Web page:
The simple, unremarkable exterior of its Johnstown facility belies the high-tech and far-reaching design and production that goes on inside. Electro-Metrics has a team of nearly 50 employees that includes engineers and fabrication experts who design, test, and manufacture a variety of specialized antennas, sensors, and systems for broadband RF communications as well as custom metal and plastic parts.
In addition to serving local clientele in the Capital District, these products eventually make their way to all five continents, including government facilities, corporate offices, industrial sites, and military bases. Electro-Metrics has an impressive list of clients, including General Electric, Raytheon, Hitachi, and British Aerospace Engineering
Electro-Metrics has two divisions that help it fulfill its niche role as a high-tech but low-volume producer of specialized technology and equipment. One division reflects how the company originally started out in 1963, specializing in RF and microwave products.
“These products are used basically for secure communications and to secure communications,”
said Paul Sikora, the company’s president and chief technology officer.
The other is its precision fabrication division, where employees create parts for everything from massive turbines and steam generators all the way down to brackets and battery boxes that facilitate the conversion of delivery trucks and school buses from diesel fuel to electric power.
In its machine shop, highly trained employees use a variety of tools and machinery such as welding equipment, water jet cutters, 3-D printers, and belt sanders, to name a few. They fabricate items designed by Electro-Metrics as well as those from specifications customers provide.
In the company’s assembly area serving the RF side of the business, employees take antennas and mounts of all sizes, such as the “NATO” mount Sikora designed, and package them into cases lined with specially shaped foam that was cut on the premises.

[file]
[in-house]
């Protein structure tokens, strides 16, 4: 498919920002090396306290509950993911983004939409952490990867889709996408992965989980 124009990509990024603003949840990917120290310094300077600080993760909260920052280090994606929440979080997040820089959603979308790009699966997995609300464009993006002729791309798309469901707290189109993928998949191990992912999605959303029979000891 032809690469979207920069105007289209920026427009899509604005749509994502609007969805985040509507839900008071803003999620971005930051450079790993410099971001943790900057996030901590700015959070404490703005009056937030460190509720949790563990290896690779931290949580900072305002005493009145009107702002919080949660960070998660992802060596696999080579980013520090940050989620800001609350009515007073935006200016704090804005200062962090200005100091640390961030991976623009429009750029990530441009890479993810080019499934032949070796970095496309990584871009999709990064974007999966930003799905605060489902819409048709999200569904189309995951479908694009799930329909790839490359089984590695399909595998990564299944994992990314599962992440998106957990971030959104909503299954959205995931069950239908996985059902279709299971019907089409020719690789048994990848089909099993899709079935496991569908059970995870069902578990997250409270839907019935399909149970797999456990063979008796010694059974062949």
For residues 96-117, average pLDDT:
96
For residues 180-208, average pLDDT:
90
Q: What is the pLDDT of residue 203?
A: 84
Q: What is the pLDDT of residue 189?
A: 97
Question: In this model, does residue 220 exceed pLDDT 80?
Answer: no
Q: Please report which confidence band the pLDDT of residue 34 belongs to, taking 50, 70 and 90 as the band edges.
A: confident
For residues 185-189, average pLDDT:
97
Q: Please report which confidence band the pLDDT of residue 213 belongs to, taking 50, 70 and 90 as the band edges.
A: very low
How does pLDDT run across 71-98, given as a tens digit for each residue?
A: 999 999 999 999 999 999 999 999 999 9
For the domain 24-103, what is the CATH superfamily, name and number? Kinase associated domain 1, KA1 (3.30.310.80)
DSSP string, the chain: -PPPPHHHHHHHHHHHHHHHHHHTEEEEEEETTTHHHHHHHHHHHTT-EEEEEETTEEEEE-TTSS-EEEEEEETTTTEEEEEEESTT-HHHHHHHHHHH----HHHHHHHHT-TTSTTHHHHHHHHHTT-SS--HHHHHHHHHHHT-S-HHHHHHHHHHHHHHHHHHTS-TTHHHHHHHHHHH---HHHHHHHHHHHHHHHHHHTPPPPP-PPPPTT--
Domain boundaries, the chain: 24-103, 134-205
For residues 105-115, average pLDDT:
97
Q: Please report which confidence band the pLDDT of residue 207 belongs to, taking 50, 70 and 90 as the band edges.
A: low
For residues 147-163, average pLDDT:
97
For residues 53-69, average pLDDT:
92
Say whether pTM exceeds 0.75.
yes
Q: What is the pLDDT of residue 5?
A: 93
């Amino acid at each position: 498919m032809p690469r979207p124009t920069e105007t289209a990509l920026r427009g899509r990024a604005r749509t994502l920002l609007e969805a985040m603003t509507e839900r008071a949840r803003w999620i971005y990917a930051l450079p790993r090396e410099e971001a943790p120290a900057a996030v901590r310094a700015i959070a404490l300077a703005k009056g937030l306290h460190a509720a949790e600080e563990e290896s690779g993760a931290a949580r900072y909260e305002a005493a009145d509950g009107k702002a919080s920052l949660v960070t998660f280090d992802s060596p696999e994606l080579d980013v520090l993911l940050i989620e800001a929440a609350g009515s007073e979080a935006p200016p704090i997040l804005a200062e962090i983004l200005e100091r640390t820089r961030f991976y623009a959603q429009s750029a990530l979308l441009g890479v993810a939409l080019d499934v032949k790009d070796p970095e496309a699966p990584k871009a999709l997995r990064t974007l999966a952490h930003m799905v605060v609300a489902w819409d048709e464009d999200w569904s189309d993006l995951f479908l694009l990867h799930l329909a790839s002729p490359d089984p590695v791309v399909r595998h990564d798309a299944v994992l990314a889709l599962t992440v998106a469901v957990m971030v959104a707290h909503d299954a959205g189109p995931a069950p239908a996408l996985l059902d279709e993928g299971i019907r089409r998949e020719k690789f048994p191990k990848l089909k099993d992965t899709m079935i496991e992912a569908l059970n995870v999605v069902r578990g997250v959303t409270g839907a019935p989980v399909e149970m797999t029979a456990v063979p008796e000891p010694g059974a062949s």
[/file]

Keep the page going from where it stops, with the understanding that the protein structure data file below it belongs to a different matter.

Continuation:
Before that happens, however, Electro-Metrics antennas go through a rigorous — what Sikora calls a “brutal” — testing process in a special testing area at the facility.
“We test our antennas to surface environmental conditions like blowing sand, wind, and snow,” he said. Electro-Metrics determines how they fare in 60 mph winds and temperatures ranging from -40 to 150 degrees Fahrenheit.
Employees also perform drop tests 25 times on each antenna. Other tests simulate the vibration of cargo and other aircraft. It costs between $50,000 to $75,000 to test one antenna, Sikora said. “The investment in design and new products is very substantial.”
“I bought the company because I was looking to buy a company that had a lot of potential,”
Employees assemble and package up for shipping other kits that provide parts for generator maintenance which customers store until they need them. Electro-Metrics even builds the specialized wooden crates that house its products for shipment, meeting state and international requirements for the type of wood used.
In March 2021, the company entered a new phase of growth when former investment banker Thomas H. Remien purchased Electro-Metrics. “I bought the company because I was looking to buy a company that had a lot of potential,” Remien said. “I thought there were just opportunities on both sides of the business to grow the business.”
With that in mind, Electro-Metrics is looking to expand its facilities. Within the past five years, its annual revenue has doubled to reach $8.5 million per year. “The goal is to make it twice the size it is in three to five years,” Danny Wheeler said.